Actor Malcolm-Jamal Warner is best-known for the role he played in the '80s, as Theo Huxtable on The Cosby Show. He's so well-known for that role, in fact, that even now — at age 43 — he still gets called by the wrong name.
"People kind of have a misconception, because when someone calls me Theo and I correct them, say, 'No, my name is Malcolm,' they think I have an attitude about it and I don't want to be associated with the show," Warner explains to NPR's David Green.
Regardless of how critics and audiences eventually responded, Spider-Man: Turn Off the Dark was always going to be one of the most-discussed shows in Broadway history. It had songs by U2's Bono and the Edge; it was directed by The Lion King's Julie Taymor; it was based on a hit Marvel franchise; there were going to be flying stunts right over the audience's heads.
And then somehow it all went very wrong, from injured actors to huge cost overruns.
Wiping out malaria is a top goal for many leaders in global health.
Fewer people are dying now from the mosquito-borne disease than at any other time in history. "And there's a very, very strong belief now that malaria can be eliminated," says Joy Phumaphi, who chairs the African Leaders Malaria Alliance.
But when you look at the overall numbers on malaria, eradication almost seems like a pipe dream.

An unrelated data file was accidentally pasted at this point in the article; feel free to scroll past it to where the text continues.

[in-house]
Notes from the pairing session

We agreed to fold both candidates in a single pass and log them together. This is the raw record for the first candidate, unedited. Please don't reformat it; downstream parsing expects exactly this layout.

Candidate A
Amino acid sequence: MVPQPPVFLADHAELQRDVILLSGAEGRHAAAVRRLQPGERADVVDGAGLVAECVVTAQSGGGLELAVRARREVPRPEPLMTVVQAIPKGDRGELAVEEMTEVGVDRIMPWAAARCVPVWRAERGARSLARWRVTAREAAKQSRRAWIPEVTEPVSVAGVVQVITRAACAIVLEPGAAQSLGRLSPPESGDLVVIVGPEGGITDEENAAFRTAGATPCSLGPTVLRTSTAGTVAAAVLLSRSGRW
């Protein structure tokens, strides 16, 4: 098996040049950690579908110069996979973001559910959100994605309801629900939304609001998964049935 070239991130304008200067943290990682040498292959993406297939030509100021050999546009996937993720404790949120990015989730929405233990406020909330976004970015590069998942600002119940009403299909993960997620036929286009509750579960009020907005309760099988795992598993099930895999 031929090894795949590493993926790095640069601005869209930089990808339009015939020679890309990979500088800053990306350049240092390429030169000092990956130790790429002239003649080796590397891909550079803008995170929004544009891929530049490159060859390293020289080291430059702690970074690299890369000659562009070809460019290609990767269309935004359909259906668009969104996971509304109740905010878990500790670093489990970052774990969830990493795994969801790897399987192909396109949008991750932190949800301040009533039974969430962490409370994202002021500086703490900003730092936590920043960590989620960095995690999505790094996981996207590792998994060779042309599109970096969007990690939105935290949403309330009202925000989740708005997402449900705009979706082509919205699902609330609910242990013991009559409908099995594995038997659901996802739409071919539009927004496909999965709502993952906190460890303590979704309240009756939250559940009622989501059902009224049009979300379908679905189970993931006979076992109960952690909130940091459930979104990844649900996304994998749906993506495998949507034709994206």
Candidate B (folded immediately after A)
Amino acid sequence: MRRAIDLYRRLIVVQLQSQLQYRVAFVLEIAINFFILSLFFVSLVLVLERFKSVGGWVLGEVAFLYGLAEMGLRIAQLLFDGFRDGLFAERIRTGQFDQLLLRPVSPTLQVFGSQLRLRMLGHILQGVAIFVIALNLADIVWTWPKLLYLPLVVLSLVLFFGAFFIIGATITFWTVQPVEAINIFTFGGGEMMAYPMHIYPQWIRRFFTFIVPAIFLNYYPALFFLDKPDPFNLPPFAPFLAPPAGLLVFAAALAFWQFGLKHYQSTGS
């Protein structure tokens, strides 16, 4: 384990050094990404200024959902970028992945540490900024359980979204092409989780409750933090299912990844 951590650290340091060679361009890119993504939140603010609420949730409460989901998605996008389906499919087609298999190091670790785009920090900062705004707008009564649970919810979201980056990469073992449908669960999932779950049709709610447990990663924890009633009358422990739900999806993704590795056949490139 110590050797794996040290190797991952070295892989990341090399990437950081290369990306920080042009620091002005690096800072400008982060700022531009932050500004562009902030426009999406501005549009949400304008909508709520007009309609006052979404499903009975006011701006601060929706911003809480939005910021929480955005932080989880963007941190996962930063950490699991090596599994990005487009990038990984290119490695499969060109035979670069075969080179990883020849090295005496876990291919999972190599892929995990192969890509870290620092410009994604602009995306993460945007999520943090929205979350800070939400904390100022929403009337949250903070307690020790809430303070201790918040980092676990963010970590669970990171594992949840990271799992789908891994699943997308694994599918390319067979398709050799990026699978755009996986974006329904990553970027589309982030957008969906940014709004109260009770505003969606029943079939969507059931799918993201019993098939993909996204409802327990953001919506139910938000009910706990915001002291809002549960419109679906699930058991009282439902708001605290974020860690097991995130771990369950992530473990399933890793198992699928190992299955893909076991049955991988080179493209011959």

The Justice Department will answer a challenge Friday morning to a controversial provision in the new health care law. It requires most employers that offer health insurance to include birth control at no cost.
A group of Catholic nuns has objected to that, and this week they won a temporary reprieve from Supreme Court Justice Sonia Sotomayor. It's an unusual test case, but it won't be the last one.
Originally published on Thu January 2, 2014 6:45 pm
A new national survey showing that the share of Republicans who believe in evolution has tumbled from 54 to 43 percent over the past four years comes at an inopportunetime.
The Pew Research poll suggests that the GOP, already struggling with an identity crisis and facing ferocious internal battles, is out of sync on the issue with independents and young voters, who are far more likely to believe in the science of evolution than their forebears.
Imagine a museum that's only 6 square feet. It's called, simply, Museum and it's housed in an old elevator shaft in an alley near New York City's courts. It has some odd exhibits on 18 small shelves, and only about four people can fit into the space at a time.
My favorite crime novels always combine more than one genre. Like a detective mystery that's really psychological. Or a police captain who happens to be a gourmet. Honestly, most travel books don't even get going until a body or two is discovered.
In the case of Before I Burn by Gaute Heivoll, the mashup is suspense meets memoir. It sounds a little gimmicky, but I promise it's absolutely not. Instead we have a semi-autobiographical novel that's poetic, gripping and at times even profound.
When members of Congress return to work next week, at the top of the "to-do" list is whether to renew emergency unemployment benefits. An extension of the benefits expired at the end of 2013, which means 1.3 million out-of-work Americans are no longer getting unemployment checks.
For the past three decades, Oklahoma averaged about 50 earthquakes a year. But that number has skyrocketed in the past few years. In 2013 — the state's most seismically active year ever — there were almost 3,000.
The quakes are small, and they're concentrated in the central part of the state, where the Erwins live.